Session 28 (10 September 2020): Dr. Shreehari V. Gokarnakar, Assistant Professor at Amrita Darshanam, International Centre for Spiritual Studies, Chennai, spoke on Vedic prosody in this introductory session tiled ‘Chandas—The Vedic Metres’. Dr. Gokarnakar dealt with the structural analysis of the Vedic metre (chanda) and its distinction from the classical metre (vruttam).
Being one of the Vedangas, chandas play a significant role. The Rukpratishakhya mentions that the knowledge of chandas results in fame, long life, joy, growth and auspiciousness. Bharatmuni's Natyashastra quotes that there is no word without chandas and no chandas without a word. Through the study of chandas, a learner is able to understand various structural patterns of Vedic hymns. Nevertheless, chandas are the base of classical metres like shardulavikridita.
Session 29 (17 September 2020): Shri Chandrahas Halai spoke on Pingala's Chandaśāstra and the Indian roots of modern digital technology in the session titled ‘Chandas—Binary Applications of Pingala’. Pingala is credited with using binary numbers in the form of short and long syllables (the latter equal in length to two short syllables), a notation similar to the Morse code. Pingala used the Sanskrit word śūnya explicitly to refer to zero.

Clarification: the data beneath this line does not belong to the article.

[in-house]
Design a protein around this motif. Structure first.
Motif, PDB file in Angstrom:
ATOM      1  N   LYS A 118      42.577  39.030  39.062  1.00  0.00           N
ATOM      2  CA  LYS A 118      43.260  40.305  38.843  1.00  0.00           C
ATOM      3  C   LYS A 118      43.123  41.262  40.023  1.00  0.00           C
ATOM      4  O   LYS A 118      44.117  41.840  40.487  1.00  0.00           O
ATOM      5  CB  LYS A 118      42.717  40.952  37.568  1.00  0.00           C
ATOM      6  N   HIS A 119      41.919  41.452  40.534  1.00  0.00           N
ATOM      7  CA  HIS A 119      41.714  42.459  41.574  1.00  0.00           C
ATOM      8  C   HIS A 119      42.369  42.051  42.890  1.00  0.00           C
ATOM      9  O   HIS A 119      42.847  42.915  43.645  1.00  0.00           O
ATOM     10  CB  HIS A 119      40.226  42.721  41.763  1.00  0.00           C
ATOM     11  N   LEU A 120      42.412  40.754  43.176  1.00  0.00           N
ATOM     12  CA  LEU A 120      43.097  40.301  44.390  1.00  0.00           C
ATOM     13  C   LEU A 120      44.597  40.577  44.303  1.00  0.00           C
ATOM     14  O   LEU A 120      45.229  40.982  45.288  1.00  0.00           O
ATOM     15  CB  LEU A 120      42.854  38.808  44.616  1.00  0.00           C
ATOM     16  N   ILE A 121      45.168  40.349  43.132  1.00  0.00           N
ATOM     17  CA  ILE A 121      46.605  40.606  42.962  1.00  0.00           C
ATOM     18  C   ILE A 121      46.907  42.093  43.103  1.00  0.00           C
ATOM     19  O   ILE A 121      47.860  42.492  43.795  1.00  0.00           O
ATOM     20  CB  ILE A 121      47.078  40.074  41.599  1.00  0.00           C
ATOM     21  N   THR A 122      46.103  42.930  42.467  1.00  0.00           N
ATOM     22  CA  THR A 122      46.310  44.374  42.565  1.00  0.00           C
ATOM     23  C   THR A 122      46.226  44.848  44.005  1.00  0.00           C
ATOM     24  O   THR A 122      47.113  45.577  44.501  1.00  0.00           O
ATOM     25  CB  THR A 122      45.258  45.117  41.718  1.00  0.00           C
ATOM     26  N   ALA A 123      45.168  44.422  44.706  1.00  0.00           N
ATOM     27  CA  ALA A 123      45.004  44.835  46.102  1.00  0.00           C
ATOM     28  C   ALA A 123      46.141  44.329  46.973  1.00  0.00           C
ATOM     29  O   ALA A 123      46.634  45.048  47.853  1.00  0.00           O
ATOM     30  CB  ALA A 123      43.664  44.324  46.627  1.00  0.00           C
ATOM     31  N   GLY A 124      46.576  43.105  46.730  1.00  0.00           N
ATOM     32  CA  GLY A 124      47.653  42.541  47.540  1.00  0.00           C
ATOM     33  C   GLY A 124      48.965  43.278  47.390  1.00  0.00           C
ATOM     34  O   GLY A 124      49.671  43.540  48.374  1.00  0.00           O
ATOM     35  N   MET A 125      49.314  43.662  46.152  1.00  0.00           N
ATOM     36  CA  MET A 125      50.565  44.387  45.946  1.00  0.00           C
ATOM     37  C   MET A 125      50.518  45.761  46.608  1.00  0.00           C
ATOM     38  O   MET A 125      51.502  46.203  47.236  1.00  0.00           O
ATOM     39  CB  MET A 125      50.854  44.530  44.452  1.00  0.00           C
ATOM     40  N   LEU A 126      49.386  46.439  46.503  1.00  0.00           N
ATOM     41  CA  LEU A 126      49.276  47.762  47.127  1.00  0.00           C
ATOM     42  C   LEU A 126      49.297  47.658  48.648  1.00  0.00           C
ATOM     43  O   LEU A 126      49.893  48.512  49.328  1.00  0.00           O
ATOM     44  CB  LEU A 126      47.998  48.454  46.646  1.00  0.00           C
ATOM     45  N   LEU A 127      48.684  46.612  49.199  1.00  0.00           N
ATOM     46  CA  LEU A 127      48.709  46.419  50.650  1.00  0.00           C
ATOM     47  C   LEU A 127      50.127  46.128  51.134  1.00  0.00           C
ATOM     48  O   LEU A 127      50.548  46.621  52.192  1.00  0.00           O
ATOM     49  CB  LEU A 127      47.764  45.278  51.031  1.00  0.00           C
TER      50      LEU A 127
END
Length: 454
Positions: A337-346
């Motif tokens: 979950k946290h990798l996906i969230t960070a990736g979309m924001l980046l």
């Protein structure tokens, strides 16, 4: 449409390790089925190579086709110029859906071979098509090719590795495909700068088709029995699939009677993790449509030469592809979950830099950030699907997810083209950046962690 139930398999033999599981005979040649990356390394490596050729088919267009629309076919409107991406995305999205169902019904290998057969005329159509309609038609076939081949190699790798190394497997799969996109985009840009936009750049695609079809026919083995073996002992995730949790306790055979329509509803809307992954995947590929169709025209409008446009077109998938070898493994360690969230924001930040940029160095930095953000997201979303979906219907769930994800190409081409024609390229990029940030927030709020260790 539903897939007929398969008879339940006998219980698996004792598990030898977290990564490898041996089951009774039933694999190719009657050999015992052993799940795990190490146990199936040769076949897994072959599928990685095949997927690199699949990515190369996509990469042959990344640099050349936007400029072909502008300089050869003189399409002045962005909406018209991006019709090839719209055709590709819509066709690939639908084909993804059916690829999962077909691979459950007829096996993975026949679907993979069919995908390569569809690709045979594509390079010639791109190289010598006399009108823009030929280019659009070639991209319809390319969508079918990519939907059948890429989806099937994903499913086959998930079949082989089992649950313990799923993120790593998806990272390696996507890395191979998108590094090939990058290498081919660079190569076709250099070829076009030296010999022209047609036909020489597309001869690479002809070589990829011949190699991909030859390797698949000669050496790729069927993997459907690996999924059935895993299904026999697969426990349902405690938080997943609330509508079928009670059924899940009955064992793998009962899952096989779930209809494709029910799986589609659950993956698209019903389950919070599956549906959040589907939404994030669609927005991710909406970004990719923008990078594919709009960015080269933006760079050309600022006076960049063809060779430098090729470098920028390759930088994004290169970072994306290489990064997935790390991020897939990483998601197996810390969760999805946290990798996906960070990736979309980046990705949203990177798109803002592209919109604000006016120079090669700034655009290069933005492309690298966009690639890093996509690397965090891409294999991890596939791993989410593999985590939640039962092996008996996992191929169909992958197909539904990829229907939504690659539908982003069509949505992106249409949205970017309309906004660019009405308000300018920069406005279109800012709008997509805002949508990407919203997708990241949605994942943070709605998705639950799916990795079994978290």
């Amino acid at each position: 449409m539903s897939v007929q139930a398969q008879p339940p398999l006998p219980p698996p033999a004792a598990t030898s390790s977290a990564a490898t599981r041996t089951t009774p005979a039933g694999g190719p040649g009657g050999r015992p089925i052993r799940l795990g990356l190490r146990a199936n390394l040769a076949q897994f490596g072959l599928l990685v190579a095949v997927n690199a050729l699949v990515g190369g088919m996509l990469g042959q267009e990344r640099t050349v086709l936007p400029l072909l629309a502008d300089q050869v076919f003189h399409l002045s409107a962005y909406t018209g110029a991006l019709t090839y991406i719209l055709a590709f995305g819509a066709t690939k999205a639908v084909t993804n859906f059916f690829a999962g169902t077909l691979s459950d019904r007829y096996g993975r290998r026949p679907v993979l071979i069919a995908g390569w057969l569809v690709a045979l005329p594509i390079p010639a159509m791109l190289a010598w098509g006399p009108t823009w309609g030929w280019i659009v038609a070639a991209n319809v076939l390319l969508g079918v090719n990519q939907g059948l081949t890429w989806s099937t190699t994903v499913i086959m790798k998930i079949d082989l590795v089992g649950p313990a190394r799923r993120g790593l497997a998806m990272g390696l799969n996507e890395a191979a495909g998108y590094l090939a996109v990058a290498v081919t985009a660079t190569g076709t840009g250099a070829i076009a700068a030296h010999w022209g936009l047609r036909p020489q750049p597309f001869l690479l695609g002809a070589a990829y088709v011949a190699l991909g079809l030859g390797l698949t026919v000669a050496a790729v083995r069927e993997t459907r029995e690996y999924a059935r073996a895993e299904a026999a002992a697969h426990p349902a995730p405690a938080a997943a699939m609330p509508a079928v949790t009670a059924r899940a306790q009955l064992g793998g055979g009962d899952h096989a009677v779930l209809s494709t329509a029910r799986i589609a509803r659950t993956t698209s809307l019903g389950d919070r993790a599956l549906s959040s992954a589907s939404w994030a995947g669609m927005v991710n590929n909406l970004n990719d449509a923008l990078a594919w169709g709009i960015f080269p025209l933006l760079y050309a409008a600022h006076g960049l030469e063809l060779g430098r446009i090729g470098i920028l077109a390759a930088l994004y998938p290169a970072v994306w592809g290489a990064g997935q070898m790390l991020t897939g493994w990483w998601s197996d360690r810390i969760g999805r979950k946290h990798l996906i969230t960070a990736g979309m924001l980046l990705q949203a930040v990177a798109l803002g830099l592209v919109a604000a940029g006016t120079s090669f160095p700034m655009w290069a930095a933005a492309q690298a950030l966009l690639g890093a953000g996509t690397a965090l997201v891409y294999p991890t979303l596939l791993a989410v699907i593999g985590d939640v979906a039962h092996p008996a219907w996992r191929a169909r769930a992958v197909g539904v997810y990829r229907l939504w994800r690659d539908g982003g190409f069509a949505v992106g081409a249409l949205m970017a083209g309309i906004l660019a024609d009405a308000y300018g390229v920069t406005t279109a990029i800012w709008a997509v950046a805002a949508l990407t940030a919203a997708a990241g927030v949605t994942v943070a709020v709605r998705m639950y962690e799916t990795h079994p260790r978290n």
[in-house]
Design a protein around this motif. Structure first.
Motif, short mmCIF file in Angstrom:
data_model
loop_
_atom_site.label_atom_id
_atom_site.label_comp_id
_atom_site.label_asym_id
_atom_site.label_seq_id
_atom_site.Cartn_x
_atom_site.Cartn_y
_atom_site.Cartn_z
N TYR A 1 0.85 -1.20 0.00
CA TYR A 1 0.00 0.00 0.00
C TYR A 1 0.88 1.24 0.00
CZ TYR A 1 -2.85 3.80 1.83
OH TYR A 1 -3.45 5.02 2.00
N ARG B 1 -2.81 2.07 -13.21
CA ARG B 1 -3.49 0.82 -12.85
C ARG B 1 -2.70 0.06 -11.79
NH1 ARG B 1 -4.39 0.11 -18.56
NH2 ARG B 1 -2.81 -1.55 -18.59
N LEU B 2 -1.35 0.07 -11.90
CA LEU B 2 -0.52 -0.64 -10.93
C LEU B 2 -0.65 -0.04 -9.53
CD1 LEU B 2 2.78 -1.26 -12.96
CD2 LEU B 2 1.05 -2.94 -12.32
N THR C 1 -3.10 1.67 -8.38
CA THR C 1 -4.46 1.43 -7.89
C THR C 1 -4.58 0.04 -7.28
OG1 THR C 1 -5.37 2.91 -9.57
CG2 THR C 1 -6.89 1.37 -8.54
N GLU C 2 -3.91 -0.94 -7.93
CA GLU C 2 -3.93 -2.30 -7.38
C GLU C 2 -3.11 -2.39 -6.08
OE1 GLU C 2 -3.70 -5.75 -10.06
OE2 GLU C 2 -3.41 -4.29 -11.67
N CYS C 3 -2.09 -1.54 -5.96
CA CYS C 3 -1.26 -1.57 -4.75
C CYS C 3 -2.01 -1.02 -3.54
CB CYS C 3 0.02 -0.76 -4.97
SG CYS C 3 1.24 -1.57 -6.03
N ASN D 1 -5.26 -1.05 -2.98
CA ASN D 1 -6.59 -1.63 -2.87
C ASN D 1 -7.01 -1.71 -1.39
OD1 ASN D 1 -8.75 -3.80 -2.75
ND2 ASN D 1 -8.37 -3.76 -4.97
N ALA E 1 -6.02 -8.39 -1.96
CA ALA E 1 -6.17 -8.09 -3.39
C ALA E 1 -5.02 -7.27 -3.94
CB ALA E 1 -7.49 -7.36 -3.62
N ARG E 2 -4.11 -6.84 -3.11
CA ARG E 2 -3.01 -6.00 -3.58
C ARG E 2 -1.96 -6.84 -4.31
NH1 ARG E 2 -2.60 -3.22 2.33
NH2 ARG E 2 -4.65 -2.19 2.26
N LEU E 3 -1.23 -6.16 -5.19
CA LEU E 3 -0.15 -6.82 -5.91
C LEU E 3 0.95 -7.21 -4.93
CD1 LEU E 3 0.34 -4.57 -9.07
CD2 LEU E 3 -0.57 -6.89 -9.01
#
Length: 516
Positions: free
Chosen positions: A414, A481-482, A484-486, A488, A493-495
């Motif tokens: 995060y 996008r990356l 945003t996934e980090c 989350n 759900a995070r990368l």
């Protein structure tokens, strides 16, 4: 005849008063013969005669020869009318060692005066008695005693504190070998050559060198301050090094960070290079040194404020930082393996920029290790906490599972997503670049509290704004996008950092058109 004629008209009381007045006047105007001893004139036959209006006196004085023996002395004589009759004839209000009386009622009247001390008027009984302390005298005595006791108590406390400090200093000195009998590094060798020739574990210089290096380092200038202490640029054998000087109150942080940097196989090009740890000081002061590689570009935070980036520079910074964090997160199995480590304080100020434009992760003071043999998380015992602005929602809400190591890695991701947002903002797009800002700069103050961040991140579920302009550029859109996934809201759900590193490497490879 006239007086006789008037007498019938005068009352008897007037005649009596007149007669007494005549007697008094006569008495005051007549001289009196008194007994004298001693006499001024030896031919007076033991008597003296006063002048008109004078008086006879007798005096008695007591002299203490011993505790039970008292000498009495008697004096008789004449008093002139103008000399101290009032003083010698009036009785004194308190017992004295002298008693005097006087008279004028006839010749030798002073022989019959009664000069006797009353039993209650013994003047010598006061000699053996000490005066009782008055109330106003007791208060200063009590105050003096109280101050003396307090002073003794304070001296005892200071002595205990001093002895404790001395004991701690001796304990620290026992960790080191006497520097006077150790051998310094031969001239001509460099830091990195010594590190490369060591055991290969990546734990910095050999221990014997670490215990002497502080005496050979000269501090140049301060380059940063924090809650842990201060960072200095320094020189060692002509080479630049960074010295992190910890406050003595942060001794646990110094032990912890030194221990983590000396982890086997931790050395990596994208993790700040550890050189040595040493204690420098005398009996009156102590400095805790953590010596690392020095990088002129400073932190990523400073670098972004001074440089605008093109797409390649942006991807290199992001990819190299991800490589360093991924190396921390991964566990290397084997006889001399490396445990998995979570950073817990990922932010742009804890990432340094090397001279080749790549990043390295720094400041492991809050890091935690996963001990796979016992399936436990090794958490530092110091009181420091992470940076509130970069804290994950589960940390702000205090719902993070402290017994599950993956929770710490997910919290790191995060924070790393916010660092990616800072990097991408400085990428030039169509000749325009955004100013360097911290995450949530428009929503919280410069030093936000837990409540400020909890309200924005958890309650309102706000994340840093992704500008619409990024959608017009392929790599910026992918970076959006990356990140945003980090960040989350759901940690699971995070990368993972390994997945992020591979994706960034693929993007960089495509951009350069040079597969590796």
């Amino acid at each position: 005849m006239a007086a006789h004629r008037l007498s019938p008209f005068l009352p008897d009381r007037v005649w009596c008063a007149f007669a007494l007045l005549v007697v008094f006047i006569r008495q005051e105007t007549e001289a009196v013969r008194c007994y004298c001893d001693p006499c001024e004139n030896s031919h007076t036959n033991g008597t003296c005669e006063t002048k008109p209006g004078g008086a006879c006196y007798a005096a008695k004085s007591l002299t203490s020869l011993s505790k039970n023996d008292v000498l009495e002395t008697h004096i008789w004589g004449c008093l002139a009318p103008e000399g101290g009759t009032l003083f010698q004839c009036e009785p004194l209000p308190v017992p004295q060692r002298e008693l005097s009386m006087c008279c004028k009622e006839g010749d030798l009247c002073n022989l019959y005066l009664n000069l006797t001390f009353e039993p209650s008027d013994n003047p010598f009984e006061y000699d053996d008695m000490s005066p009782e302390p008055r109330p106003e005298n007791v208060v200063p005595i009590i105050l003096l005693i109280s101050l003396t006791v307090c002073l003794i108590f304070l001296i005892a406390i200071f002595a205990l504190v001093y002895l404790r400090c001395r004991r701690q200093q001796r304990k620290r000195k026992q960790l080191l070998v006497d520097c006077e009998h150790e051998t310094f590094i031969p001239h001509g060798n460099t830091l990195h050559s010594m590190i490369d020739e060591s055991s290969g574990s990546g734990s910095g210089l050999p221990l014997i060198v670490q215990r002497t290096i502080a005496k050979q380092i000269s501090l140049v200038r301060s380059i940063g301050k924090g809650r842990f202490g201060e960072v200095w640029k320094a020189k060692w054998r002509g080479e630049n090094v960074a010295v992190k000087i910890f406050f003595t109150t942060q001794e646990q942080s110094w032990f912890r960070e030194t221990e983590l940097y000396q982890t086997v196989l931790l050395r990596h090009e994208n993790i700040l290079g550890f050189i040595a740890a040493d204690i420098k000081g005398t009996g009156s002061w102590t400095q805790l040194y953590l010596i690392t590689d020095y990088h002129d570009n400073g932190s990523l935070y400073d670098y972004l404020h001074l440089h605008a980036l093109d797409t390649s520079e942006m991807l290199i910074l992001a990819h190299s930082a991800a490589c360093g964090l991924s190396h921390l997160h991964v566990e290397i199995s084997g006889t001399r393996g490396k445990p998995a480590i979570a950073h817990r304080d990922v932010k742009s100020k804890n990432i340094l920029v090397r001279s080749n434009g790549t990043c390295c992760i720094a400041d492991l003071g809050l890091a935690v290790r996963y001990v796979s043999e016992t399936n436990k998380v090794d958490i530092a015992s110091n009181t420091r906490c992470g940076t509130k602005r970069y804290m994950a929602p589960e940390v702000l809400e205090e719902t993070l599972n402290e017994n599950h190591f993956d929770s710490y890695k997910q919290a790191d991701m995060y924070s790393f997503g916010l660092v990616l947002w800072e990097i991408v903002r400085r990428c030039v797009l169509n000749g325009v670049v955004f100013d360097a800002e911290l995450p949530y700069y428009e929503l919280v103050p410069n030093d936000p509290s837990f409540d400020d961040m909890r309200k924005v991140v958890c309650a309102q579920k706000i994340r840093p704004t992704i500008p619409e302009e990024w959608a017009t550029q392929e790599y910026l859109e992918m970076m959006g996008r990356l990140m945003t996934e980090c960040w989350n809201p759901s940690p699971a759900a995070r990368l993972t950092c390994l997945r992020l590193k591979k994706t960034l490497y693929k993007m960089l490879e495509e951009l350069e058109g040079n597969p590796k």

Session 30 (24 September 2020): Shri Srinath Mohandas, Assistant Professor at CVV’s School of Ethics, Governance and Social Systems spoke on ‘Vastu Shastra—Architecture and Design Theories from Ancient India’ enlightening the audience on the unique engineering skills from ancient India and its contribution to architecture.
Vastu Shastra is a branch of Sthapatyaveda, an Upa-Veda of the Atharva Veda. It is a well-developed body of knowledge that deals with the art and science of architecture, continually researched and propagated through centuries and millennia. The speaker explored the origin and evolution of Vāstu along with its types and limbs with special focus on temple architecture and town planning.